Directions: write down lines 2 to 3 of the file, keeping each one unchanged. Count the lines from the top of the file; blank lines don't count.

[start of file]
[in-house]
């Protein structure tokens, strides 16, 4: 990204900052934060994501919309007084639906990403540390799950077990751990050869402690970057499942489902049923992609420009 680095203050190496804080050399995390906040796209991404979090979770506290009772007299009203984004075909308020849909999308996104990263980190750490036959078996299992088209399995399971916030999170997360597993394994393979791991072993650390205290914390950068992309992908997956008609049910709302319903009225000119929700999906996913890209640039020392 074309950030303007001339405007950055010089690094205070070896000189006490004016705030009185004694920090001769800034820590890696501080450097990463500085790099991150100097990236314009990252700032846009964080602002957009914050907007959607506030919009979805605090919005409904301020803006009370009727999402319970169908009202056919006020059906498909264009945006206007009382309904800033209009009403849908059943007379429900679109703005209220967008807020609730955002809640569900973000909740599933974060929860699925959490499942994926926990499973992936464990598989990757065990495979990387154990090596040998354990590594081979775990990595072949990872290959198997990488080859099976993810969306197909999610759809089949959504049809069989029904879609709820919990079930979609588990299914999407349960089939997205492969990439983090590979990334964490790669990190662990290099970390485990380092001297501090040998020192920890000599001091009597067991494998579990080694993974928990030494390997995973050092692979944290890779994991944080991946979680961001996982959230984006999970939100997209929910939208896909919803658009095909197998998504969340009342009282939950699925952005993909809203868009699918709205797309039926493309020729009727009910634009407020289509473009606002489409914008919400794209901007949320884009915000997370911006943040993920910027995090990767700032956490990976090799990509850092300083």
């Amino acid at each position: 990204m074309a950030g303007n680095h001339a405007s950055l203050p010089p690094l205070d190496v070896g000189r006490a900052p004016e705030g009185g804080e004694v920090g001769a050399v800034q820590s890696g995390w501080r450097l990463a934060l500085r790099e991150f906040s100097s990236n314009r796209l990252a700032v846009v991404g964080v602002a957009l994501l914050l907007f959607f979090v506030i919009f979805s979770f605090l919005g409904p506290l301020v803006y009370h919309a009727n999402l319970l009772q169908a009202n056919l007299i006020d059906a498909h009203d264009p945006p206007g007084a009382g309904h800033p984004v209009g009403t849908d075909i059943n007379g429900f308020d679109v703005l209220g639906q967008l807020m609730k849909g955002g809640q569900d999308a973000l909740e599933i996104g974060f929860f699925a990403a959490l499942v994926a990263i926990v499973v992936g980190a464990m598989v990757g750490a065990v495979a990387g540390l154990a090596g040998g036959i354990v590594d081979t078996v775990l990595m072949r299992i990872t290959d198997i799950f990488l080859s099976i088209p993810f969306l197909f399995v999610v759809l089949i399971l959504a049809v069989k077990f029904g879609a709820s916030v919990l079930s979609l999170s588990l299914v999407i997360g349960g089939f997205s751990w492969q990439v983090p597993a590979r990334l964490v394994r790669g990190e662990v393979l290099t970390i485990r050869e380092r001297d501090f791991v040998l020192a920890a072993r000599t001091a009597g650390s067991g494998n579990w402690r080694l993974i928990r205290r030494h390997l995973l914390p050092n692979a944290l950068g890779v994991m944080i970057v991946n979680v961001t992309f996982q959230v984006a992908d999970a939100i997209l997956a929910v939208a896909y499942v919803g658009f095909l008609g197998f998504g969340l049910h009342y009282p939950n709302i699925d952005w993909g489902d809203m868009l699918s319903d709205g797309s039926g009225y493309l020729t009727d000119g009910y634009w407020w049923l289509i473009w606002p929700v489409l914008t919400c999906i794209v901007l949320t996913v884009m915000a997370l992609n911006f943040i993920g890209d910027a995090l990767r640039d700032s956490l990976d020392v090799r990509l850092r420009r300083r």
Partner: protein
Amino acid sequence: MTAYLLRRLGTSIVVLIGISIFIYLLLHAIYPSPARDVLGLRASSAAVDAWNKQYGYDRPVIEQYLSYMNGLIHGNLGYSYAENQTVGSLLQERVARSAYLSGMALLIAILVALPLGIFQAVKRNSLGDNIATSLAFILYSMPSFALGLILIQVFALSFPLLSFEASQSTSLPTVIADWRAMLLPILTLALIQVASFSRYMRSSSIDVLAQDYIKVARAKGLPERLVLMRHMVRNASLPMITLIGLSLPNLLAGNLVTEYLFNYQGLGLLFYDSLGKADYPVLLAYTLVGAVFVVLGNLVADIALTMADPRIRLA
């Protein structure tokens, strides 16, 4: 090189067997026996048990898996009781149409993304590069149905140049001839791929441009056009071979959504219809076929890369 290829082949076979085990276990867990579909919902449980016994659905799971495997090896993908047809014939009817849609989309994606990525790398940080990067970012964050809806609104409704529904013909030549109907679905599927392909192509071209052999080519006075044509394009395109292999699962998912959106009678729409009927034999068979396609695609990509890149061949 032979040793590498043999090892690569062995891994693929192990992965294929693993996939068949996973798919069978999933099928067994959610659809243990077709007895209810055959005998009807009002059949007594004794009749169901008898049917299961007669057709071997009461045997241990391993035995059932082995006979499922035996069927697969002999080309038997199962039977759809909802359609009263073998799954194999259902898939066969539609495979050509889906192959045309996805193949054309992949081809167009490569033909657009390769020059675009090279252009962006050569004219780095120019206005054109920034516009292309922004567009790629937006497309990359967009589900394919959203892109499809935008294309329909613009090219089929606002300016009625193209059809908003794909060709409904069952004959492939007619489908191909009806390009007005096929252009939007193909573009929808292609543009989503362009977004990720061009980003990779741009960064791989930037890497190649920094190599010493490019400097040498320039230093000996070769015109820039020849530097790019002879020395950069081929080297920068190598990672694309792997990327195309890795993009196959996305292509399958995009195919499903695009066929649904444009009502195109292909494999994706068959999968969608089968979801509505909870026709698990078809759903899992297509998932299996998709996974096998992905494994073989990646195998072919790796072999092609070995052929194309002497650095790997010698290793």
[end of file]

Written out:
């Protein structure tokens, strides 16, 4: 990204900052934060994501919309007084639906990403540390799950077990751990050869402690970057499942489902049923992609420009 680095203050190496804080050399995390906040796209991404979090979770506290009772007299009203984004075909308020849909999308996104990263980190750490036959078996299992088209399995399971916030999170997360597993394994393979791991072993650390205290914390950068992309992908997956008609049910709302319903009225000119929700999906996913890209640039020392 074309950030303007001339405007950055010089690094205070070896000189006490004016705030009185004694920090001769800034820590890696501080450097990463500085790099991150100097990236314009990252700032846009964080602002957009914050907007959607506030919009979805605090919005409904301020803006009370009727999402319970169908009202056919006020059906498909264009945006206007009382309904800033209009009403849908059943007379429900679109703005209220967008807020609730955002809640569900973000909740599933974060929860699925959490499942994926926990499973992936464990598989990757065990495979990387154990090596040998354990590594081979775990990595072949990872290959198997990488080859099976993810969306197909999610759809089949959504049809069989029904879609709820919990079930979609588990299914999407349960089939997205492969990439983090590979990334964490790669990190662990290099970390485990380092001297501090040998020192920890000599001091009597067991494998579990080694993974928990030494390997995973050092692979944290890779994991944080991946979680961001996982959230984006999970939100997209929910939208896909919803658009095909197998998504969340009342009282939950699925952005993909809203868009699918709205797309039926493309020729009727009910634009407020289509473009606002489409914008919400794209901007949320884009915000997370911006943040993920910027995090990767700032956490990976090799990509850092300083």
């Amino acid at each position: 990204m074309a950030g303007n680095h001339a405007s950055l203050p010089p690094l205070d190496v070896g000189r006490a900052p004016e705030g009185g804080e004694v920090g001769a050399v800034q820590s890696g995390w501080r450097l990463a934060l500085r790099e991150f906040s100097s990236n314009r796209l990252a700032v846009v991404g964080v602002a957009l994501l914050l907007f959607f979090v506030i919009f979805s979770f605090l919005g409904p506290l301020v803006y009370h919309a009727n999402l319970l009772q169908a009202n056919l007299i006020d059906a498909h009203d264009p945006p206007g007084a009382g309904h800033p984004v209009g009403t849908d075909i059943n007379g429900f308020d679109v703005l209220g639906q967008l807020m609730k849909g955002g809640q569900d999308a973000l909740e599933i996104g974060f929860f699925a990403a959490l499942v994926a990263i926990v499973v992936g980190a464990m598989v990757g750490a065990v495979a990387g540390l154990a090596g040998g036959i354990v590594d081979t078996v775990l990595m072949r299992i990872t290959d198997i799950f990488l080859s099976i088209p993810f969306l197909f399995v999610v759809l089949i399971l959504a049809v069989k077990f029904g879609a709820s916030v919990l079930s979609l999170s588990l299914v999407i997360g349960g089939f997205s751990w492969q990439v983090p597993a590979r990334l964490v394994r790669g990190e662990v393979l290099t970390i485990r050869e380092r001297d501090f791991v040998l020192a920890a072993r000599t001091a009597g650390s067991g494998n579990w402690r080694l993974i928990r205290r030494h390997l995973l914390p050092n692979a944290l950068g890779v994991m944080i970057v991946n979680v961001t992309f996982q959230v984006a992908d999970a939100i997209l997956a929910v939208a896909y499942v919803g658009f095909l008609g197998f998504g969340l049910h009342y009282p939950n709302i699925d952005w993909g489902d809203m868009l699918s319903d709205g797309s039926g009225y493309l020729t009727d000119g009910y634009w407020w049923l289509i473009w606002p929700v489409l914008t919400c999906i794209v901007l949320t996913v884009m915000a997370l992609n911006f943040i993920g890209d910027a995090l990767r640039d700032s956490l990976d020392v090799r990509l850092r420009r300083r």